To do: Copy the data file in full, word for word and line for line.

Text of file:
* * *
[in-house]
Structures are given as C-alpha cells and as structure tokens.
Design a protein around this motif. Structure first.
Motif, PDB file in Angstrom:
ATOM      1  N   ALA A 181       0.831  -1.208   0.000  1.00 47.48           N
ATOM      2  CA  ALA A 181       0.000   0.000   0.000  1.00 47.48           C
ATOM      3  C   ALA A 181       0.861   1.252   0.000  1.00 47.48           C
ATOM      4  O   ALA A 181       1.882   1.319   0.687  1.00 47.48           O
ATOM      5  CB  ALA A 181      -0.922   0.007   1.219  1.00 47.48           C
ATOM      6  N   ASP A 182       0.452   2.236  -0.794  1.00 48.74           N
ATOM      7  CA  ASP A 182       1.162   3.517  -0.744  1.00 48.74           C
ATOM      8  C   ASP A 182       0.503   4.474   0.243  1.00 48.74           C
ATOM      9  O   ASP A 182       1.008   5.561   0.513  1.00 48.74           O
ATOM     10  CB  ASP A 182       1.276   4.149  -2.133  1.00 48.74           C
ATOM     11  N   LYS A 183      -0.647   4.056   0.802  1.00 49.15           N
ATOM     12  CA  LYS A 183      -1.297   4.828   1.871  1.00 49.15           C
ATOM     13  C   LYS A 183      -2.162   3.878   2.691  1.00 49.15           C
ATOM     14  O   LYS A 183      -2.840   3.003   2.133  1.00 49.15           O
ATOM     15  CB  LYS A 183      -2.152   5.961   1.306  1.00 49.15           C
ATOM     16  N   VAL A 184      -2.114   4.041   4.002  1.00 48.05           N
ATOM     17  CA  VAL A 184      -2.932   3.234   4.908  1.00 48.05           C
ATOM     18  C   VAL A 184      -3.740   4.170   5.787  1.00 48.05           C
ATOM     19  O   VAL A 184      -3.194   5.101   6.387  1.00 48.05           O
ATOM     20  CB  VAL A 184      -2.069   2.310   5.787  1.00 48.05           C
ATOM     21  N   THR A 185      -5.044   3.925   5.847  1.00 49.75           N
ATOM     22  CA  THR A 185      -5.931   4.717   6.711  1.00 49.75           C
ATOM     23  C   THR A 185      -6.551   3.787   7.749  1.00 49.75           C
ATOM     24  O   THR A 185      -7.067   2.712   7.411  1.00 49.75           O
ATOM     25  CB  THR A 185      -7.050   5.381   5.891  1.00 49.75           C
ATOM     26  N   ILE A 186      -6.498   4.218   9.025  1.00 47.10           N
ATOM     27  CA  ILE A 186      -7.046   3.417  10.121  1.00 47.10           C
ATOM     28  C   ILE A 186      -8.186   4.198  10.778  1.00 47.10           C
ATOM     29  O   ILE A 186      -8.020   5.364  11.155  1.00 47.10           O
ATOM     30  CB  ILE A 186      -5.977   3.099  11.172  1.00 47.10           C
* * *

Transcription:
[in-house]
Structures are given as C-alpha cells and as structure tokens.
Design a protein around this motif. Structure first.
Motif, PDB file in Angstrom:
ATOM      1  N   ALA A 181       0.831  -1.208   0.000  1.00 47.48           N
ATOM      2  CA  ALA A 181       0.000   0.000   0.000  1.00 47.48           C
ATOM      3  C   ALA A 181       0.861   1.252   0.000  1.00 47.48           C
ATOM      4  O   ALA A 181       1.882   1.319   0.687  1.00 47.48           O
ATOM      5  CB  ALA A 181      -0.922   0.007   1.219  1.00 47.48           C
ATOM      6  N   ASP A 182       0.452   2.236  -0.794  1.00 48.74           N
ATOM      7  CA  ASP A 182       1.162   3.517  -0.744  1.00 48.74           C
ATOM      8  C   ASP A 182       0.503   4.474   0.243  1.00 48.74           C
ATOM      9  O   ASP A 182       1.008   5.561   0.513  1.00 48.74           O
ATOM     10  CB  ASP A 182       1.276   4.149  -2.133  1.00 48.74           C
ATOM     11  N   LYS A 183      -0.647   4.056   0.802  1.00 49.15           N
ATOM     12  CA  LYS A 183      -1.297   4.828   1.871  1.00 49.15           C
ATOM     13  C   LYS A 183      -2.162   3.878   2.691  1.00 49.15           C
ATOM     14  O   LYS A 183      -2.840   3.003   2.133  1.00 49.15           O
ATOM     15  CB  LYS A 183      -2.152   5.961   1.306  1.00 49.15           C
ATOM     16  N   VAL A 184      -2.114   4.041   4.002  1.00 48.05           N
ATOM     17  CA  VAL A 184      -2.932   3.234   4.908  1.00 48.05           C
ATOM     18  C   VAL A 184      -3.740   4.170   5.787  1.00 48.05           C
ATOM     19  O   VAL A 184      -3.194   5.101   6.387  1.00 48.05           O
ATOM     20  CB  VAL A 184      -2.069   2.310   5.787  1.00 48.05           C
ATOM     21  N   THR A 185      -5.044   3.925   5.847  1.00 49.75           N
ATOM     22  CA  THR A 185      -5.931   4.717   6.711  1.00 49.75           C
ATOM     23  C   THR A 185      -6.551   3.787   7.749  1.00 49.75           C
ATOM     24  O   THR A 185      -7.067   2.712   7.411  1.00 49.75           O
ATOM     25  CB  THR A 185      -7.050   5.381   5.891  1.00 49.75           C
ATOM     26  N   ILE A 186      -6.498   4.218   9.025  1.00 47.10           N
ATOM     27  CA  ILE A 186      -7.046   3.417  10.121  1.00 47.10           C
ATOM     28  C   ILE A 186      -8.186   4.198  10.778  1.00 47.10           C
ATOM     29  O   ILE A 186      -8.020   5.364  11.155  1.00 47.10           O
ATOM     30  CB  ILE A 186      -5.977   3.099  11.172  1.00 47.10           C